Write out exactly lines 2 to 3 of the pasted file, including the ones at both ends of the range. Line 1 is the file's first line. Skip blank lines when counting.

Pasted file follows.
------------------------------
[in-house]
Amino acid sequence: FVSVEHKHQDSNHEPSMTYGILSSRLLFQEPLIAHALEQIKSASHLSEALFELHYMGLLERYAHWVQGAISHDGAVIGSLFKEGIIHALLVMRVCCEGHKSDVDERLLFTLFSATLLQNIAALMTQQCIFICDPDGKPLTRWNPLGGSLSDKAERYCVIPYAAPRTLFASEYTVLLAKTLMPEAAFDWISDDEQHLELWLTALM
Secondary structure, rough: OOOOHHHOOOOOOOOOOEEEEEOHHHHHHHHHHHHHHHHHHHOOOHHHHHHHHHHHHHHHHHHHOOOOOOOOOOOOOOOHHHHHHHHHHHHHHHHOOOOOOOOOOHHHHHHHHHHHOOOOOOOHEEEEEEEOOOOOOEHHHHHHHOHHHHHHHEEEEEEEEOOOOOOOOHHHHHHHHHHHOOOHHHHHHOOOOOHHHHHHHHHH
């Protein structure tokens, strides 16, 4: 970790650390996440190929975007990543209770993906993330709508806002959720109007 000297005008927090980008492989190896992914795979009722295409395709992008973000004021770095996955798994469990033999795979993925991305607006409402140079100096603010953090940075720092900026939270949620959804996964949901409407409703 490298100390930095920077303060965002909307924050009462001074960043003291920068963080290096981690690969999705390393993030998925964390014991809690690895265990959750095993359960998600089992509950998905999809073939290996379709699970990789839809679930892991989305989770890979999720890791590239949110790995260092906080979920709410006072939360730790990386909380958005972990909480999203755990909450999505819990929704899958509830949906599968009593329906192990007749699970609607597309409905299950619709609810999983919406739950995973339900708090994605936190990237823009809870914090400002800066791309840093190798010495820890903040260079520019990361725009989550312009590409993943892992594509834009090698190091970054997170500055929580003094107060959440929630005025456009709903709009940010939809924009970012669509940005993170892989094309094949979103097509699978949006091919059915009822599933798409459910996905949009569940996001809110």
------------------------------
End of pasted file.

Amino acid sequence: FVSVEHKHQDSNHEPSMTYGILSSRLLFQEPLIAHALEQIKSASHLSEALFELHYMGLLERYAHWVQGAISHDGAVIGSLFKEGIIHALLVMRVCCEGHKSDVDERLLFTLFSATLLQNIAALMTQQCIFICDPDGKPLTRWNPLGGSLSDKAERYCVIPYAAPRTLFASEYTVLLAKTLMPEAAFDWISDDEQHLELWLTALM
Secondary structure, rough: OOOOHHHOOOOOOOOOOEEEEEOHHHHHHHHHHHHHHHHHHHOOOHHHHHHHHHHHHHHHHHHHOOOOOOOOOOOOOOOHHHHHHHHHHHHHHHHOOOOOOOOOOHHHHHHHHHHHOOOOOOOHEEEEEEEOOOOOOEHHHHHHHOHHHHHHHEEEEEEEEOOOOOOOOHHHHHHHHHHHOOOHHHHHHOOOOOHHHHHHHHHH